Apple on Monday unveiled an initiative to help researchers tackle some of the world’s most critical medical conditions by gathering data from willing iPhone users.
The plan will use, on a voluntary basis, data from medical tracking apps to aid research on asthma, breast cancer, cardiovascular disease, diabetes and Parkinson?s disease.
The move aims “to transform medical research,” Apple chief executive Tim Cook said, by gathering real-time data from millions of users.
In collaboration with large medical research centers, Apple will gather data through apps develop for its new ResearchKit platform.
The program may speed up efforts to collect and analyze data by using the iPhone for monitoring user movements, glucose level and other medical information.
The initiative “turns the iPhone into a diagnostic tool,” said Jeff Williams, Apple’s senior vice president of operations, at a San Francisco media event.
“ResearchKit gives the scientific community access to a diverse, global population and more ways to collect data than ever before.”
– More data, privacy protection –
The program aims to help research by getting more frequent data than is available during conventional research studies, while at the same time protecting privacy.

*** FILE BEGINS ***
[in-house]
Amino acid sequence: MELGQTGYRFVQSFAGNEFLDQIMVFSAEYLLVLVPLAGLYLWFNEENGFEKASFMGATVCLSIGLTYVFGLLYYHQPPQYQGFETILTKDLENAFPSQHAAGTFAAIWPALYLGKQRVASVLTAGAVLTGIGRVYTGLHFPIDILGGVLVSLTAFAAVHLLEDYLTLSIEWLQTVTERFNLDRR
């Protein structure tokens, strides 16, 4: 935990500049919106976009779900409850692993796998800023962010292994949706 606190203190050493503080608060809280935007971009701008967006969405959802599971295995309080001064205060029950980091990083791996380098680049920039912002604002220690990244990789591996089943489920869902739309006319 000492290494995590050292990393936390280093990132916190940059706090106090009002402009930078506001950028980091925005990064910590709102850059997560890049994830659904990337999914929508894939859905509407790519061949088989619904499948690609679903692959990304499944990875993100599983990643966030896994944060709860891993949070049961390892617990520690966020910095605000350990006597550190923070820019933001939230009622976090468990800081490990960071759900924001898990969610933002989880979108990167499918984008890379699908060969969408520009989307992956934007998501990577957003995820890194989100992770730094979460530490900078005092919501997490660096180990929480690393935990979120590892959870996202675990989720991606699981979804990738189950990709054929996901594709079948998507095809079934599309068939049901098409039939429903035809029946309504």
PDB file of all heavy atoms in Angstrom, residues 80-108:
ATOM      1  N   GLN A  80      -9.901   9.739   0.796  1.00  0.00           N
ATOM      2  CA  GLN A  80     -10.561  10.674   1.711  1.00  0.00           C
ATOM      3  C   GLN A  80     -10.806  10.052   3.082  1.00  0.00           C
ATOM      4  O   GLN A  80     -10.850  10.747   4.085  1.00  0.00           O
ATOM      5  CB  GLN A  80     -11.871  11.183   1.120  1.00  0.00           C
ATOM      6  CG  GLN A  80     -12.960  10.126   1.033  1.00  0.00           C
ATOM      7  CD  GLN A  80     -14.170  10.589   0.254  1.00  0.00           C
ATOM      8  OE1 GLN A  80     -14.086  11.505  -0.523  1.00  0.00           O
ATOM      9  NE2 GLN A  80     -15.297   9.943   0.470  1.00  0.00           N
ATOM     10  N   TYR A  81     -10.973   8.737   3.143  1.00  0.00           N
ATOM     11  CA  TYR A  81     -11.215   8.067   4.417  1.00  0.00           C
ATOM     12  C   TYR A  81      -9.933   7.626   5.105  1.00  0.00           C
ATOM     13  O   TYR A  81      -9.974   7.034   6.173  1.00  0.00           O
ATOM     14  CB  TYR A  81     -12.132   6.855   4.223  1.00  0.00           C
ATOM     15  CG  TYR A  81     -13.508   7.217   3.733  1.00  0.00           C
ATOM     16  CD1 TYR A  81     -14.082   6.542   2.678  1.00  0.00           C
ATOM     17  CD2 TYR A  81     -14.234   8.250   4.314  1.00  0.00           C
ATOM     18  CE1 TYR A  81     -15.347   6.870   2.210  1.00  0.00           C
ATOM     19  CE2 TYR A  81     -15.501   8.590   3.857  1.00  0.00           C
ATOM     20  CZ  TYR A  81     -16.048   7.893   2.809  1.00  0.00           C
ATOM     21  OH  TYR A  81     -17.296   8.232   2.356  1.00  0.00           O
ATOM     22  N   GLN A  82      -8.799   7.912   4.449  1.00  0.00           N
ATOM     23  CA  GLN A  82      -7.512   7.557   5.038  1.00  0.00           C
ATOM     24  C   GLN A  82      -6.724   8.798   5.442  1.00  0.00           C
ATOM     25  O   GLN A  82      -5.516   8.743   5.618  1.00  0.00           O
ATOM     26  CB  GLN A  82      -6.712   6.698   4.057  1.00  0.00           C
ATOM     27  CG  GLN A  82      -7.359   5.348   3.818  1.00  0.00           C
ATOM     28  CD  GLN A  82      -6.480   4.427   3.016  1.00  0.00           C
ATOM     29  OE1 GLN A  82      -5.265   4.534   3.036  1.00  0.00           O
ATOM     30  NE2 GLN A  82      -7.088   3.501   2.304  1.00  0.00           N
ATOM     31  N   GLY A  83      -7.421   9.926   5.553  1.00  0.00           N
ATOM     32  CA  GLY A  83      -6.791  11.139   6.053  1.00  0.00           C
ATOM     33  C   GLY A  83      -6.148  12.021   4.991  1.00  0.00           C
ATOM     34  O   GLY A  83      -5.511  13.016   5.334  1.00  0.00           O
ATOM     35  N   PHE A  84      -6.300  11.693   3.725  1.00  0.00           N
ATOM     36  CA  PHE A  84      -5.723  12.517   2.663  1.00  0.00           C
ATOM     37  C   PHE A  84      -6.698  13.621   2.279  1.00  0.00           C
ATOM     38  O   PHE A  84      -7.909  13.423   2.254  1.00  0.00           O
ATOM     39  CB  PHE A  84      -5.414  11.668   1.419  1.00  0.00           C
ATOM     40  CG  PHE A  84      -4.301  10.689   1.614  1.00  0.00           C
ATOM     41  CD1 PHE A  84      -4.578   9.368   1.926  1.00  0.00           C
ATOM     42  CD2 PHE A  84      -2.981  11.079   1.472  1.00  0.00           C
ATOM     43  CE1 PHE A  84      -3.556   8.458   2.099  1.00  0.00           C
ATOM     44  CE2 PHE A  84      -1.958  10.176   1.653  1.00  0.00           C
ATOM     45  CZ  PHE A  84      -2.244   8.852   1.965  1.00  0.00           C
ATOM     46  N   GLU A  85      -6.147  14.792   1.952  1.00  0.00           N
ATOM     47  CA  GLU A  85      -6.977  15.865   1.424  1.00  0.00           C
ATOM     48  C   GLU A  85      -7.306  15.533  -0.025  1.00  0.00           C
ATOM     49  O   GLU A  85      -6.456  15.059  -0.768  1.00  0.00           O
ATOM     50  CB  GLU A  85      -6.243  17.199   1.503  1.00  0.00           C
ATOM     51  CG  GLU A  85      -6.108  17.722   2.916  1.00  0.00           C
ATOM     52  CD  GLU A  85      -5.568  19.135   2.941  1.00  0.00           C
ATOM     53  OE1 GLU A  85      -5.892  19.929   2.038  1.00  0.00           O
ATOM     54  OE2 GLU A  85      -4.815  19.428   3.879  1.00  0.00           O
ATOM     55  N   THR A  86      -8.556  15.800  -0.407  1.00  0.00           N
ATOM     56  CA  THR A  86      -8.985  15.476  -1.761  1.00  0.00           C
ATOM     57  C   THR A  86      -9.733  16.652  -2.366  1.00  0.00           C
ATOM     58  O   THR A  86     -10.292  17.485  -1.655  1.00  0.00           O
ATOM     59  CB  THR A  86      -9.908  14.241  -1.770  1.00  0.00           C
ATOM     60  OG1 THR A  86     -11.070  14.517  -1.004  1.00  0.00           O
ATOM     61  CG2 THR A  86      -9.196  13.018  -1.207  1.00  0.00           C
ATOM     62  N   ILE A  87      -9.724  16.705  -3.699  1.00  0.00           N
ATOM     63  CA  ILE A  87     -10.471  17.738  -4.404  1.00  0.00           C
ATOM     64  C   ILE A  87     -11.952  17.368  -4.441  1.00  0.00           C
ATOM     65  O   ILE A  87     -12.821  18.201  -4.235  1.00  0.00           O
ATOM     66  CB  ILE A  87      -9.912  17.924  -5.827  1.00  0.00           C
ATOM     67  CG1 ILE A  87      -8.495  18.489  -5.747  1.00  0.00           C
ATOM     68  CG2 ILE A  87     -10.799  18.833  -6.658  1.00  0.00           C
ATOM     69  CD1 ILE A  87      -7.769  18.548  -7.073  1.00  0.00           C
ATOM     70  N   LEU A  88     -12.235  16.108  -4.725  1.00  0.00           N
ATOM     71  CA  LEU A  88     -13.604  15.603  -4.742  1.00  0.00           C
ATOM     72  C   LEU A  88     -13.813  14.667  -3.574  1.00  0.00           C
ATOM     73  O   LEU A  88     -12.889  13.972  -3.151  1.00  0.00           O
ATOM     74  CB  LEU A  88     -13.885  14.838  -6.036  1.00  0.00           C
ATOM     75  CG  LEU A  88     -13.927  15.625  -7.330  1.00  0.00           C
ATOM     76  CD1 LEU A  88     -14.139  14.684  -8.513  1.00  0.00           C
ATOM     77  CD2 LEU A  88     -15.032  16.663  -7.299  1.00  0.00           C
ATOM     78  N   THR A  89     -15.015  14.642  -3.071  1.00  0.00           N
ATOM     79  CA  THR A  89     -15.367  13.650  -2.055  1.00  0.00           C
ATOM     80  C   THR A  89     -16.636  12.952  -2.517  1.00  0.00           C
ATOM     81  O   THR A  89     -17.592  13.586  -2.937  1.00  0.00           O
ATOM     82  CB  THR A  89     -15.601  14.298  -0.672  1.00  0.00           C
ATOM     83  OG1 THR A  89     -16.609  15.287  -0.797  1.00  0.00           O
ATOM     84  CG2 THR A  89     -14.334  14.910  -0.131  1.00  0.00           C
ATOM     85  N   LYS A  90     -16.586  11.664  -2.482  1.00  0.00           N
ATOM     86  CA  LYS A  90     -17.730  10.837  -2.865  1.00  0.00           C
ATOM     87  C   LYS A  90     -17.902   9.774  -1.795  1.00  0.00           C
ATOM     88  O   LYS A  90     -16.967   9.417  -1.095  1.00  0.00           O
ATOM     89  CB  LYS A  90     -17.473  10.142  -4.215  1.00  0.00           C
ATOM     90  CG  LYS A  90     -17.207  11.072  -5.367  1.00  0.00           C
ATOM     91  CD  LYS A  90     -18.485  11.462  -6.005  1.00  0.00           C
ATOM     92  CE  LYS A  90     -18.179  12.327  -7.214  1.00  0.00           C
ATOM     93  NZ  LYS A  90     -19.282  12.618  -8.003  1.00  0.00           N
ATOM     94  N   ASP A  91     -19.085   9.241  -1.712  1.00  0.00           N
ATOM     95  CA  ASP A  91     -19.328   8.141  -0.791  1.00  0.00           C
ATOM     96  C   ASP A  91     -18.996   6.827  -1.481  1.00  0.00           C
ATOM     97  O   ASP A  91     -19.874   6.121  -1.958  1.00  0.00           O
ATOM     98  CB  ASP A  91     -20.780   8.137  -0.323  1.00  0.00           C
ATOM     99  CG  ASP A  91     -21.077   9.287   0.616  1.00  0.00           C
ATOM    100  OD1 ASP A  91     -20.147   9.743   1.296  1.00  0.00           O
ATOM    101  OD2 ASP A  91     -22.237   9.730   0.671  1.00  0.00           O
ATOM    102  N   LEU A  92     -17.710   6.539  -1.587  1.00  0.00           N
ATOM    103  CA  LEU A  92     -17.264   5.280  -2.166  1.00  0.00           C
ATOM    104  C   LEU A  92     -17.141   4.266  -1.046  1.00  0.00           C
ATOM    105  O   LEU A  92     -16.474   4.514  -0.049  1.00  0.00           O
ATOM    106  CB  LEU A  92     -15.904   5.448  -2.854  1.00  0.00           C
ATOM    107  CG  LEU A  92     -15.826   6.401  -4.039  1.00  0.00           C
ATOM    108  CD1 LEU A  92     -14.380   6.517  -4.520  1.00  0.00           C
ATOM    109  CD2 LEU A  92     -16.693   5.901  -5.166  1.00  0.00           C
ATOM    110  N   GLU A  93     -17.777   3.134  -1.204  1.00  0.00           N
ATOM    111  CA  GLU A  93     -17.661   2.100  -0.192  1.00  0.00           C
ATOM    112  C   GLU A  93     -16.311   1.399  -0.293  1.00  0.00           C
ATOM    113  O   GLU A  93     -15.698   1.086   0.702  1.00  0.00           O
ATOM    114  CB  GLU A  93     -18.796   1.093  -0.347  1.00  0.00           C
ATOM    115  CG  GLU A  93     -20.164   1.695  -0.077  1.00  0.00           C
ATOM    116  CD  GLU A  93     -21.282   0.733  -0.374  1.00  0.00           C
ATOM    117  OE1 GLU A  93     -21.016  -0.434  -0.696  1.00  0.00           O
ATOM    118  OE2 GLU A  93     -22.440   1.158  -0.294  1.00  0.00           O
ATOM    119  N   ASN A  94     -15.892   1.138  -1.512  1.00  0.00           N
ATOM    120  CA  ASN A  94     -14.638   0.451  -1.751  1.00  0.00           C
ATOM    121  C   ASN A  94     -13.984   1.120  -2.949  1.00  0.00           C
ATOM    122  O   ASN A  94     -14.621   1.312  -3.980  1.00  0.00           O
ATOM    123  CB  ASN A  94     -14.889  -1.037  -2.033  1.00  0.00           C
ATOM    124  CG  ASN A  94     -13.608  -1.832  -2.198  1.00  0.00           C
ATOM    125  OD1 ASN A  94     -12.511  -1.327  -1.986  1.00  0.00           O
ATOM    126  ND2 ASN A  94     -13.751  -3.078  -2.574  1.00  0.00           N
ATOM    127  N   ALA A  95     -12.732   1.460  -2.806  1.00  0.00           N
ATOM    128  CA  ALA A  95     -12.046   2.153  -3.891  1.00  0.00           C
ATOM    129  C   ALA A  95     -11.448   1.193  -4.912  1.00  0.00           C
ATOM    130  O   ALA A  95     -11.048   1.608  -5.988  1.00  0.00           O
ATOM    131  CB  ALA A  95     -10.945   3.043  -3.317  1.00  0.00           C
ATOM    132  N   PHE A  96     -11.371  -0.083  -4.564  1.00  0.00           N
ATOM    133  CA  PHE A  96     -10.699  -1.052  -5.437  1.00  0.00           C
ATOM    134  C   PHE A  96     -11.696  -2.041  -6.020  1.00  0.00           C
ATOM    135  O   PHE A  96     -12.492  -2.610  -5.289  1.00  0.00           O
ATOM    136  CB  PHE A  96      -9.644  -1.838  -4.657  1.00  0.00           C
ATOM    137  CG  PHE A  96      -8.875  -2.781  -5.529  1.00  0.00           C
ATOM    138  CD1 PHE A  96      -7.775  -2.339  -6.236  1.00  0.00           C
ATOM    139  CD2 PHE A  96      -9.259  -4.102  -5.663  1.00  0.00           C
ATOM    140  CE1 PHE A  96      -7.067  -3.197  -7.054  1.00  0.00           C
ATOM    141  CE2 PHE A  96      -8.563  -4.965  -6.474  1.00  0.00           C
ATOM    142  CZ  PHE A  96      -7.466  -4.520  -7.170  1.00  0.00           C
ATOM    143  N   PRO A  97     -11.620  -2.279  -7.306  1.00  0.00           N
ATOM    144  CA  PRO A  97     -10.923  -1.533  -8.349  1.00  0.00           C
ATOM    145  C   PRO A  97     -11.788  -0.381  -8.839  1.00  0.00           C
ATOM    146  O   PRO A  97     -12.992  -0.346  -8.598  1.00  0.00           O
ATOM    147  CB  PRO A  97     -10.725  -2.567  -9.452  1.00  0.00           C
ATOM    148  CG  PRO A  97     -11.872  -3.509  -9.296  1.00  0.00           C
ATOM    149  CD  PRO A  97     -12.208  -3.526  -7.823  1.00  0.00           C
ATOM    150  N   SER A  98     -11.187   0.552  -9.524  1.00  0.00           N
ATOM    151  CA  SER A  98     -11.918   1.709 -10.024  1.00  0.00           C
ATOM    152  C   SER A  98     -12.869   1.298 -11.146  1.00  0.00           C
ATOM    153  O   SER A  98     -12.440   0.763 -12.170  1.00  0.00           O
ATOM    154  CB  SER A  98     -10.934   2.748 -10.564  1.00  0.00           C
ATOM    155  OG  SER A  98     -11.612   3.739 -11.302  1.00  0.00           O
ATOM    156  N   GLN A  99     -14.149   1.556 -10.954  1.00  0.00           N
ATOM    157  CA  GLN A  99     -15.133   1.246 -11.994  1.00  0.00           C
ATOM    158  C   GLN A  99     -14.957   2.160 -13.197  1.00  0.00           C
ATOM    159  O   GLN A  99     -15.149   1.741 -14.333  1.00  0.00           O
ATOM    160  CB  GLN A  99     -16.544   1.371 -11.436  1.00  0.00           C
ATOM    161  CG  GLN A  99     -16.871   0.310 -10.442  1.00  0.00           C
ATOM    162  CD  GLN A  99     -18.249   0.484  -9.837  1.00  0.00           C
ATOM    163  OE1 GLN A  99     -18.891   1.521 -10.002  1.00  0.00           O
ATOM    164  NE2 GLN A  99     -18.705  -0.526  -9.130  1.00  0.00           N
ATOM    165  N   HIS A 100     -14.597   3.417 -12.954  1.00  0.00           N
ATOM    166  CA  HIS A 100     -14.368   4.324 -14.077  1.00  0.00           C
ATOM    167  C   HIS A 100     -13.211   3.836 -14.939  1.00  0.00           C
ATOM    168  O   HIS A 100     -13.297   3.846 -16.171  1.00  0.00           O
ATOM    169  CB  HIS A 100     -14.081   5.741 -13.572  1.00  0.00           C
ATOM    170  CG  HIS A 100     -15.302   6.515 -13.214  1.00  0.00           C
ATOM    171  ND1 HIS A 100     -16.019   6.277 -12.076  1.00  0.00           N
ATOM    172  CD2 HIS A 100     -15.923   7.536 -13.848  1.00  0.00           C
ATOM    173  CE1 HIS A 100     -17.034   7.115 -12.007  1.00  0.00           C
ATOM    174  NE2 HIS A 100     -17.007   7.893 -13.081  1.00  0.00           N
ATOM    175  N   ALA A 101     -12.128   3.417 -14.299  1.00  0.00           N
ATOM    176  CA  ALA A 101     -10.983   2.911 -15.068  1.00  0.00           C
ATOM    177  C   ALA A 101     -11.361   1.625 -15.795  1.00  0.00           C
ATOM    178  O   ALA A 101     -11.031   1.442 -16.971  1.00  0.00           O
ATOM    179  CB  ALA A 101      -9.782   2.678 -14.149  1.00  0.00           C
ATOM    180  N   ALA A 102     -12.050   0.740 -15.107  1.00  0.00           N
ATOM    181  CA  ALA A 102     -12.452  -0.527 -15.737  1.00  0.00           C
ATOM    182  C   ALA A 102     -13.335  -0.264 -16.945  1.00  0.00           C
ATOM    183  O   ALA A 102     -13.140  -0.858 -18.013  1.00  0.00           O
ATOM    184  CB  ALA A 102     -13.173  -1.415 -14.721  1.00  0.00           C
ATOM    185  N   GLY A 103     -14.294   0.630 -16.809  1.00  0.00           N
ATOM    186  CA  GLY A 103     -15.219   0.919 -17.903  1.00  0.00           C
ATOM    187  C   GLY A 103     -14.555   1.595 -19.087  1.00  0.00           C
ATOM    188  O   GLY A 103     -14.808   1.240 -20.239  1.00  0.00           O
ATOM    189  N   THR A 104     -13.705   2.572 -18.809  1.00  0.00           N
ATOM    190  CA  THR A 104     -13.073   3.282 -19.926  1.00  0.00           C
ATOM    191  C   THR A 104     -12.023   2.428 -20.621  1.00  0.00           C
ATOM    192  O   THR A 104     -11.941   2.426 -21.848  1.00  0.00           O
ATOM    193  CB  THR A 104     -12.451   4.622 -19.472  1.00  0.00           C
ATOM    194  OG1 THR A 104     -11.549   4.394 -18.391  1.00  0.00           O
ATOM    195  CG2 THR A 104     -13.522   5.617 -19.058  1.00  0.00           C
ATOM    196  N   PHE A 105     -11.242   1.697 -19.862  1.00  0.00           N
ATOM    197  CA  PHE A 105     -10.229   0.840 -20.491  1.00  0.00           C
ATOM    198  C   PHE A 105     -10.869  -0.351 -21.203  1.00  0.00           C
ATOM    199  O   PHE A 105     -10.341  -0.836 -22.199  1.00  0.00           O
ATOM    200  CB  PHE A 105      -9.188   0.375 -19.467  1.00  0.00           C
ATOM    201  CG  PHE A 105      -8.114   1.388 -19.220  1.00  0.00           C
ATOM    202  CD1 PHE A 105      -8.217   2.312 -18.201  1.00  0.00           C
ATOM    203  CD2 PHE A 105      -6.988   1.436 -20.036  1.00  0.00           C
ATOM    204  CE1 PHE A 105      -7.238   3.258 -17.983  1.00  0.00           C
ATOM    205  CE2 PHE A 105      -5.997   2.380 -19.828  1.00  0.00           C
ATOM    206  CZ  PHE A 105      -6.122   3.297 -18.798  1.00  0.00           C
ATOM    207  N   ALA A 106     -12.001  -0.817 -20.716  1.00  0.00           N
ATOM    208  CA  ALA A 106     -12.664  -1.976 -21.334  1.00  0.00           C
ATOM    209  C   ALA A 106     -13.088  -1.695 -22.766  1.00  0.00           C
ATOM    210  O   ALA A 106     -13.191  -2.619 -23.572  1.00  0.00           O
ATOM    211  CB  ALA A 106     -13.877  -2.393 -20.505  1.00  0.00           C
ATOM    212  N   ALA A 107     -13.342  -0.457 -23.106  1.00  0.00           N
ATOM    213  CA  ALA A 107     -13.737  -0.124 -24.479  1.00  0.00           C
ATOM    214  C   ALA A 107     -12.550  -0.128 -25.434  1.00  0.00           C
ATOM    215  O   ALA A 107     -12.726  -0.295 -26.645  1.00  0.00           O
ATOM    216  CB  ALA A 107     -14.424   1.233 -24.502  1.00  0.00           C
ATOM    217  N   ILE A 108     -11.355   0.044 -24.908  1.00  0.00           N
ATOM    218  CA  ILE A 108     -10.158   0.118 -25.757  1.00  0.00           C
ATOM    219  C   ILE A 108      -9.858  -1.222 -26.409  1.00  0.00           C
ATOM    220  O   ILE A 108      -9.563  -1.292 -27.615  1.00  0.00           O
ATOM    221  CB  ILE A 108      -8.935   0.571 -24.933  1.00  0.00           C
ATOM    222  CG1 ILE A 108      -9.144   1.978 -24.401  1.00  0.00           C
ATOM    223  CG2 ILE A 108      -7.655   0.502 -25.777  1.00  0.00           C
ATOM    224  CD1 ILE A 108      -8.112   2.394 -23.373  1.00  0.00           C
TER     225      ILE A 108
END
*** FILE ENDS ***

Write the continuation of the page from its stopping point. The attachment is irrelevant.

“Users decide if they want to participate in a study and how their data is shared,” Apple said.
To participate in Parkinson’s research, for example, users merely walk while the app monitors their movements, or speak into the phone. Diabetes and asthma, meanwhile, can be tracked with devices that connect to the iPhone.
Jan Dawson at Jackdaw Research said the program appears to change the model for medical research.
“In the healthcare space, many companies have tried to use technology to transform key processes, but the focus has been almost exclusively on transforming them from the enterprise out,” he said.
“What’s unique about Apple?s ResearchKit is that it works from the consumer-in. In other words, it empowers consumers rather than healthcare providers and in the process changes the healthcare research model.”
The data collected “will provide takes us one step closer to developing more personalized care,” said Patricia Ganz, director of cancer research at UCLA’s Jonsson Comprehensive Cancer Center.
“Access to more diverse patient-reported health data will help us learn more about long-term aftereffects of cancer treatments and provide us with a better understanding of the breast cancer patient experience.”
An asthma monitoring app developed by the Icahn School of Medicine at Mount Sinai and LifeMap Solutions, looks for triggers for the lung disease to help provide personalized treatment.
For Parkinson’s — a progressive neurological disorder than affects movement and speech — volunteers who download the app and agree to participate in the study will allow for measurement of dexterity, balance and gait, voice and memory at multiple times per day.
“To have a dedicated Parkinson’s disease app backed by research that will allow patients to engage with their care and receive feedback on their condition is amazing,” said neurologist Ray Dorsey of the University of Rochester, one of the centers working with Apple.
“To make that data in the aggregate available for research is heartening. Five years ago this would have been inconceivable.”